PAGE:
From that starting point, pilgrims obtain their Credencial or camino “passport” which they will have stamped at each stopping point along the way. This passport allows the Pilgrims, or Peregrinos as they are called in Spanish, to access inexpensive hostel-type accommodation in the many albergues along the route, as well as special Pilgrim meals in the hostels or local restaurants. When Pilgrims arrive in Santiago with the Credencial, they receive their Compostela, a certificate showing that they have completed the walk.  Technically, Pilgrims only need to walk the last 100km to receive a Compostela, but many people walk the entire 800 km, and some walk even further.

220px-JakobsmuschelsymbolThe route is well marked with signposts, yellow arrows, and scallop shells – the symbol of the Camino, and the route includes trails, dirt or gravel roads, and pavement.

Many memoirs and informational books have been written about the Camino, as well as a number of movies and documentaries.  I recommend watching The Way if you want a general Hollywood version of the walk, and there is an excellent documentary that came out in 2014 called Walking the Camino: Six Ways to Santiago. My favourite short video that gives an overall picture of the Camino was posted on Vimeo by George Torrey.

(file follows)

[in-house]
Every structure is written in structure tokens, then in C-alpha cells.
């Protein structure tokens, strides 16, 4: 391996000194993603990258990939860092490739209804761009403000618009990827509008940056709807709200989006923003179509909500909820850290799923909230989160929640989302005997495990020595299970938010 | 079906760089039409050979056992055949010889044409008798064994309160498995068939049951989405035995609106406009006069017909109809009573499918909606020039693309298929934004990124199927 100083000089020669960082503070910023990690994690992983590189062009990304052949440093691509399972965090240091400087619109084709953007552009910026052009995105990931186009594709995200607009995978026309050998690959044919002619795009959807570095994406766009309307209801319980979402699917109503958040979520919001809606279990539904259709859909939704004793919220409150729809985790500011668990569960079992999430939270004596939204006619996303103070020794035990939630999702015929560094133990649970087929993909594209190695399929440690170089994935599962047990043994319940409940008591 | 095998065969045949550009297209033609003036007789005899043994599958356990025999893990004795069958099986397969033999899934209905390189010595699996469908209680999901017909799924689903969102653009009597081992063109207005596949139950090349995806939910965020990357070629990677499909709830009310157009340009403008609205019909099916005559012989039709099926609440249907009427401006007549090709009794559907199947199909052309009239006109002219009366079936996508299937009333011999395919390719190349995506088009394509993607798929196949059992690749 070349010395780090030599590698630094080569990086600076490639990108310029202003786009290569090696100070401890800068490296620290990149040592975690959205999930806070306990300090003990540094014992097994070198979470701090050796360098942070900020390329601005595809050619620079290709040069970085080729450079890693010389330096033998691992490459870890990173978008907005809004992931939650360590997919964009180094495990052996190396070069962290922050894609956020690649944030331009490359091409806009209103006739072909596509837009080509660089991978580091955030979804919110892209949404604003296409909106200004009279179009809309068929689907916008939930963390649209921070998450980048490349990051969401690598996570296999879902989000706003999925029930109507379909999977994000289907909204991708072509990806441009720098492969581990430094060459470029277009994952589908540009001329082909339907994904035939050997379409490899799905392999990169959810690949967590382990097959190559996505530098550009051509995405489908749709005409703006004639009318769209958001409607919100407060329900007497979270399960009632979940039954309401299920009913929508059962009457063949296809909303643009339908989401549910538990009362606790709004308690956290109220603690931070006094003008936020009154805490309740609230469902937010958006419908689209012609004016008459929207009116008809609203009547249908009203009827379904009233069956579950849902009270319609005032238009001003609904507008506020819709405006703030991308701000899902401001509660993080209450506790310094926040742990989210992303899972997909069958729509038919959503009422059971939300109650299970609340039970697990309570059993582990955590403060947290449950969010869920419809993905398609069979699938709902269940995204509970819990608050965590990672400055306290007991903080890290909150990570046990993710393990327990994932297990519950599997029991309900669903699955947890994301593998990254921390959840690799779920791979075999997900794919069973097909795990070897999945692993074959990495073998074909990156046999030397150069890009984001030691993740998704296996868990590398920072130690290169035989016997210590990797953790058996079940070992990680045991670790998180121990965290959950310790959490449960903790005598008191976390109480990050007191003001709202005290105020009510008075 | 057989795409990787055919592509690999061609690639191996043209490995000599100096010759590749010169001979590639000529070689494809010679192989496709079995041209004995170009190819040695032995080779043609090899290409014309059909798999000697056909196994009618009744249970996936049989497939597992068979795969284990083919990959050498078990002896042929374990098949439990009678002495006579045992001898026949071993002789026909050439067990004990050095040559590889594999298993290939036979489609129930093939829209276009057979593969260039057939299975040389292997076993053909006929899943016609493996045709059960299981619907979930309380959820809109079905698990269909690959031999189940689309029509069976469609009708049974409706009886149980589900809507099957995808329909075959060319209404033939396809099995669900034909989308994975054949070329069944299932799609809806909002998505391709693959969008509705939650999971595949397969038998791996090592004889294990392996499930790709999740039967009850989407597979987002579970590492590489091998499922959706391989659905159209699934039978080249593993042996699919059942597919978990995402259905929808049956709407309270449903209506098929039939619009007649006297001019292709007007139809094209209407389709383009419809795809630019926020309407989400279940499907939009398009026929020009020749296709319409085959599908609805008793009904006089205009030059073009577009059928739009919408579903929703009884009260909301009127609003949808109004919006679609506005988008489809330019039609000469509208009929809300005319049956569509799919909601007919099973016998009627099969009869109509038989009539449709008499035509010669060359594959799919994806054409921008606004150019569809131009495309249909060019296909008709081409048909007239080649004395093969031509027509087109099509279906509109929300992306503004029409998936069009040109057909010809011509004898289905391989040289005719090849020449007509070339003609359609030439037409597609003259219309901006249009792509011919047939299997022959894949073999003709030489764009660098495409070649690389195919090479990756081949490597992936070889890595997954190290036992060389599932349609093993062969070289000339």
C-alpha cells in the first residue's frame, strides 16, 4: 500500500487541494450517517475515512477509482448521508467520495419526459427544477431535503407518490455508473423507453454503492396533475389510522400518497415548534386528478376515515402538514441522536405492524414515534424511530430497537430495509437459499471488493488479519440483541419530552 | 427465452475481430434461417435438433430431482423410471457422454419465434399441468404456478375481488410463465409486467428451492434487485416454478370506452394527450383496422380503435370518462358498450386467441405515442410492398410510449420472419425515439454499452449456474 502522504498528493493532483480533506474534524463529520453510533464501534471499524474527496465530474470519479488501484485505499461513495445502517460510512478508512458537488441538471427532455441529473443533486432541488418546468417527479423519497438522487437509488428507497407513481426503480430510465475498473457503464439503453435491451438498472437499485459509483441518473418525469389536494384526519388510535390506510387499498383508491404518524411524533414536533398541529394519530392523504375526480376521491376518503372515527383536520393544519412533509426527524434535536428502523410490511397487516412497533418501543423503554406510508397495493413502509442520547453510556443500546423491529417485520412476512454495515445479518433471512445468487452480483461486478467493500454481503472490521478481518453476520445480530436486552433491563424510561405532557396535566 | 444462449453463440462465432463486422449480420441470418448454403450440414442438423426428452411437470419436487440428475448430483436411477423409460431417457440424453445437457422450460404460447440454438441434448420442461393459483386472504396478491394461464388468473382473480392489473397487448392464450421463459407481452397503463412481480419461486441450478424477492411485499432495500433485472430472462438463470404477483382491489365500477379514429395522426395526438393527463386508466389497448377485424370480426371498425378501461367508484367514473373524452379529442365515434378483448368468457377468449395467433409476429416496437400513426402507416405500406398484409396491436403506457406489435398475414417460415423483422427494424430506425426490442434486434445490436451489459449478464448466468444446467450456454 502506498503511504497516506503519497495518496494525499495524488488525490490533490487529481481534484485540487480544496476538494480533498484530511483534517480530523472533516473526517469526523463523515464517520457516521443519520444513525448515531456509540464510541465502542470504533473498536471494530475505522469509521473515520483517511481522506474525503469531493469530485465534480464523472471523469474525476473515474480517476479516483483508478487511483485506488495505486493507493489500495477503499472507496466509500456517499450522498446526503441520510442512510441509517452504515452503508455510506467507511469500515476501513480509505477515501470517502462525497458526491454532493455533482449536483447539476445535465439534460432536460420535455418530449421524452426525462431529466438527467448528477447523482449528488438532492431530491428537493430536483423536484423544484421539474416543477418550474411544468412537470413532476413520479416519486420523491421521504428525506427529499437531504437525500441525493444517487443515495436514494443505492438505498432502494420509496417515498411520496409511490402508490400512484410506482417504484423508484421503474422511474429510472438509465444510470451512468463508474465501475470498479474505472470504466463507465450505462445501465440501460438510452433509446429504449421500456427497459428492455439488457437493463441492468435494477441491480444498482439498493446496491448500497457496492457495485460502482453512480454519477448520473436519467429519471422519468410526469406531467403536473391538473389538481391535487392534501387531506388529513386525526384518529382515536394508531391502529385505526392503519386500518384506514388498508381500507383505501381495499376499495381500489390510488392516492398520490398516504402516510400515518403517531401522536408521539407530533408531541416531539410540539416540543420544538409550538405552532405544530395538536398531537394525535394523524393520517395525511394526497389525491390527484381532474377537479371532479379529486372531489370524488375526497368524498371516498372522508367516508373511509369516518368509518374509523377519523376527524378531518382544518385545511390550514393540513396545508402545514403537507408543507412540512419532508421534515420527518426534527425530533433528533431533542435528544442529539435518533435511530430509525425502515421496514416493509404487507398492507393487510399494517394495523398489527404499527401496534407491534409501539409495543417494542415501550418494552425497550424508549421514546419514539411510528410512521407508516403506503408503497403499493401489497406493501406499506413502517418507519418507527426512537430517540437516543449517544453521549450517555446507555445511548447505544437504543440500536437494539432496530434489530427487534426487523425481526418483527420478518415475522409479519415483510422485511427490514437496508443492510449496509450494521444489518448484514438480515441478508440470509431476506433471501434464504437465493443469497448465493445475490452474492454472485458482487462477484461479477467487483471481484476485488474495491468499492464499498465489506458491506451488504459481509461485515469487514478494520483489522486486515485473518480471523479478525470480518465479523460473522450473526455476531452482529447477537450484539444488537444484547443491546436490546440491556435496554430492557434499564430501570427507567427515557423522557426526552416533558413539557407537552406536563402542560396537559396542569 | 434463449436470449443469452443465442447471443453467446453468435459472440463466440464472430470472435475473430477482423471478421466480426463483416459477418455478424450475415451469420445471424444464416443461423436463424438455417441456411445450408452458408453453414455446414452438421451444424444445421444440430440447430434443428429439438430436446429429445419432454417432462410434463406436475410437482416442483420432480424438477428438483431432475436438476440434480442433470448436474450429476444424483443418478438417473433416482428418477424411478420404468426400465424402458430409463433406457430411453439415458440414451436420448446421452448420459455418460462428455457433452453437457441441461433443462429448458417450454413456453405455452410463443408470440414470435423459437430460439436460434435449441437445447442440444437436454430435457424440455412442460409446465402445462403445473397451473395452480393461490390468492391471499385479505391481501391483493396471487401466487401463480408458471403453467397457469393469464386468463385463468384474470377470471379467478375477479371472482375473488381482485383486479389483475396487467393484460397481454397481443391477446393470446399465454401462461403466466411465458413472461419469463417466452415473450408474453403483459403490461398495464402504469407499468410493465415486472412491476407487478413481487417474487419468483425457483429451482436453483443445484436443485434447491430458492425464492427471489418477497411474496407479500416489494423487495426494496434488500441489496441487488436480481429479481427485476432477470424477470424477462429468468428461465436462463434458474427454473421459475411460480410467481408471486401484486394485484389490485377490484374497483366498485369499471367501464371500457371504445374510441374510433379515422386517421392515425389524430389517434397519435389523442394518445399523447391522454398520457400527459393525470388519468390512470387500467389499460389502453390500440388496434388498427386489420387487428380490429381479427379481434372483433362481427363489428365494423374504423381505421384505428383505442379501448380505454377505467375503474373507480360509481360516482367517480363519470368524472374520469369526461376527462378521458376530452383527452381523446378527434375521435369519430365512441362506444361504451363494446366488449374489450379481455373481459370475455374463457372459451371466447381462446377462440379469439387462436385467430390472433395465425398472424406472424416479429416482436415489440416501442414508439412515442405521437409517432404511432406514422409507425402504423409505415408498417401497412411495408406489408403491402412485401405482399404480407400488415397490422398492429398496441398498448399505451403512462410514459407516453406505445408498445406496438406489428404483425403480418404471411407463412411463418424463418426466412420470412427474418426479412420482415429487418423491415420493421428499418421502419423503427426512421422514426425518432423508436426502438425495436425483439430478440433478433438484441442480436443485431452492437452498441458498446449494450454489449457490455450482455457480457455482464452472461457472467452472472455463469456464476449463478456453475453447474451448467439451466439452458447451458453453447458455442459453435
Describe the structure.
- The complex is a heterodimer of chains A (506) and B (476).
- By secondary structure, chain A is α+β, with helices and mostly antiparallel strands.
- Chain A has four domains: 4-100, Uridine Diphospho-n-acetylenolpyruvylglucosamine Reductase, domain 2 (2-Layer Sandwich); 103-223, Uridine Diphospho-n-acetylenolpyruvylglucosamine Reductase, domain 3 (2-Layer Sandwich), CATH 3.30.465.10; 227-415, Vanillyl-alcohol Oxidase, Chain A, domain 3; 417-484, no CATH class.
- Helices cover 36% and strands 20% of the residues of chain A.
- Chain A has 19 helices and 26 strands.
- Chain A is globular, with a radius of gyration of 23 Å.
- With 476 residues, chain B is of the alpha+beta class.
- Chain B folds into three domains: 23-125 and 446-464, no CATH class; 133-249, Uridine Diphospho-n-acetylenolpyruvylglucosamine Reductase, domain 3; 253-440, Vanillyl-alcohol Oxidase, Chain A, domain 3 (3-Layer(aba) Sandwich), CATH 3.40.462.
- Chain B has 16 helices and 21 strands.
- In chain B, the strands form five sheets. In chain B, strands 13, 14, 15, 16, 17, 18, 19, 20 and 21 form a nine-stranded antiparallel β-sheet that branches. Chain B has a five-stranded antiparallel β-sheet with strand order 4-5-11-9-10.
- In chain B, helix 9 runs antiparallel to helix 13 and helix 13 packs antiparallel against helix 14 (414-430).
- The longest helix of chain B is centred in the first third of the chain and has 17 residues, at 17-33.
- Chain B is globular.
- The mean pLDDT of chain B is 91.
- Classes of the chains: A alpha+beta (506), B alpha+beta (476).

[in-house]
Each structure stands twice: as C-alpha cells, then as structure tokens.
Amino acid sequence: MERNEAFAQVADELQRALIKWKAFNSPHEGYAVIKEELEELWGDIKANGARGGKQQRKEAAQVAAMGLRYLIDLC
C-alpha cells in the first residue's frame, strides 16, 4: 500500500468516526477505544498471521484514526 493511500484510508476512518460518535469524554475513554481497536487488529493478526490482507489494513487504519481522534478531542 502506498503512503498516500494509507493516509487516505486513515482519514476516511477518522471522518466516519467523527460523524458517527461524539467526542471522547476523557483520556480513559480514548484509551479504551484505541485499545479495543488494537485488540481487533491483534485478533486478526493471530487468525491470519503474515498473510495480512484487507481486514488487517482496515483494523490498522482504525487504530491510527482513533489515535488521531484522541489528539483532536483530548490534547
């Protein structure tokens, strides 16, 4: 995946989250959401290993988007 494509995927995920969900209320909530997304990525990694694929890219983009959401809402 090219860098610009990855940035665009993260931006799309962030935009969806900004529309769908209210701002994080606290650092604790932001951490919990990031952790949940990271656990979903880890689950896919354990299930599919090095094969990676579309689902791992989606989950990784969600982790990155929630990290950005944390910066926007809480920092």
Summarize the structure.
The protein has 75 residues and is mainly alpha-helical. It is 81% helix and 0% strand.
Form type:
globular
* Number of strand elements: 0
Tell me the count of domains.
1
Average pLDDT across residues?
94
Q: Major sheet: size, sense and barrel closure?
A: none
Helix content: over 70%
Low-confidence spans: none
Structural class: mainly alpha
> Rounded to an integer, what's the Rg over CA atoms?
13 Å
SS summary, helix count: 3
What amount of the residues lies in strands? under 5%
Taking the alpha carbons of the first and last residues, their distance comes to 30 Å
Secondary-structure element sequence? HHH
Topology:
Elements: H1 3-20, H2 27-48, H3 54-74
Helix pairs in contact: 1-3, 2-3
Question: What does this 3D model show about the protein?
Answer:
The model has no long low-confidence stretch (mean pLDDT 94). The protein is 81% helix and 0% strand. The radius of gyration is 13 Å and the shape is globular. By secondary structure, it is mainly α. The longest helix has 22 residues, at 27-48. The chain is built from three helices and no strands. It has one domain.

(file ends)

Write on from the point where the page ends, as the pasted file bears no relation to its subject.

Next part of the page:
Erik and I have begun planning and preparing for our trip and with only nine months to go, our excitement is palpable.  Over the next few months, I will write about our personal reasons for doing the Camino, our physical and mental preparations, and the equipment we plan to take with us. Join us as we prepare for the trip of a lifetime!

Click here to listen to Episode #2 of my podcast “Kelownagurl’s Adventures: Travel and Fitness into Retirement” to hear Erik and I talk about the Camino.

Additional Sources